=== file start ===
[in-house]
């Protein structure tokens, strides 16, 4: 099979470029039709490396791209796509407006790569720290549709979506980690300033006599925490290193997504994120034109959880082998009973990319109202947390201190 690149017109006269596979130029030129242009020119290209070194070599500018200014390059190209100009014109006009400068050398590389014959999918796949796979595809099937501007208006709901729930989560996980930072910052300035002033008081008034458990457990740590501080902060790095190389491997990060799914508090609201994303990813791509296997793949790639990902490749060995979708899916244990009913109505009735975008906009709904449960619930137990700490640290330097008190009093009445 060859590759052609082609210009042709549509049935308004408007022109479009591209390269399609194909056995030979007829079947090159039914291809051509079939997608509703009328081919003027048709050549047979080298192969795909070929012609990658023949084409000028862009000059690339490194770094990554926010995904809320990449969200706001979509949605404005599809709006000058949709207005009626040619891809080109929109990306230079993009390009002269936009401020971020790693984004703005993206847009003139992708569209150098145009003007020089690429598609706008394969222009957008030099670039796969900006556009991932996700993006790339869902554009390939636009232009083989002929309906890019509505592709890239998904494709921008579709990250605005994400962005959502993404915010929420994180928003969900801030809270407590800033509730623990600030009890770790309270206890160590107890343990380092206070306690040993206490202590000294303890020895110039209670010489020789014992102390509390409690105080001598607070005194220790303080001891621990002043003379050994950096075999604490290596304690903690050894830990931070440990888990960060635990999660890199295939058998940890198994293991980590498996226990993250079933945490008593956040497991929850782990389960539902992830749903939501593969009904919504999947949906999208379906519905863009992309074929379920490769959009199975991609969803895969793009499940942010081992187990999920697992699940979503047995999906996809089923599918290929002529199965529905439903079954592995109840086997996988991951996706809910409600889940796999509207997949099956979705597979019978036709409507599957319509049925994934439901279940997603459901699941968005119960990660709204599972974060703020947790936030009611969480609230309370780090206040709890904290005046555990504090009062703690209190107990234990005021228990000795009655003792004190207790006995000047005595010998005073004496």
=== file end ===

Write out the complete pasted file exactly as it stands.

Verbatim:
[in-house]
């Protein structure tokens, strides 16, 4: 099979470029039709490396791209796509407006790569720290549709979506980690300033006599925490290193997504994120034109959880082998009973990319109202947390201190 690149017109006269596979130029030129242009020119290209070194070599500018200014390059190209100009014109006009400068050398590389014959999918796949796979595809099937501007208006709901729930989560996980930072910052300035002033008081008034458990457990740590501080902060790095190389491997990060799914508090609201994303990813791509296997793949790639990902490749060995979708899916244990009913109505009735975008906009709904449960619930137990700490640290330097008190009093009445 060859590759052609082609210009042709549509049935308004408007022109479009591209390269399609194909056995030979007829079947090159039914291809051509079939997608509703009328081919003027048709050549047979080298192969795909070929012609990658023949084409000028862009000059690339490194770094990554926010995904809320990449969200706001979509949605404005599809709006000058949709207005009626040619891809080109929109990306230079993009390009002269936009401020971020790693984004703005993206847009003139992708569209150098145009003007020089690429598609706008394969222009957008030099670039796969900006556009991932996700993006790339869902554009390939636009232009083989002929309906890019509505592709890239998904494709921008579709990250605005994400962005959502993404915010929420994180928003969900801030809270407590800033509730623990600030009890770790309270206890160590107890343990380092206070306690040993206490202590000294303890020895110039209670010489020789014992102390509390409690105080001598607070005194220790303080001891621990002043003379050994950096075999604490290596304690903690050894830990931070440990888990960060635990999660890199295939058998940890198994293991980590498996226990993250079933945490008593956040497991929850782990389960539902992830749903939501593969009904919504999947949906999208379906519905863009992309074929379920490769959009199975991609969803895969793009499940942010081992187990999920697992699940979503047995999906996809089923599918290929002529199965529905439903079954592995109840086997996988991951996706809910409600889940796999509207997949099956979705597979019978036709409507599957319509049925994934439901279940997603459901699941968005119960990660709204599972974060703020947790936030009611969480609230309370780090206040709890904290005046555990504090009062703690209190107990234990005021228990000795009655003792004190207790006995000047005595010998005073004496």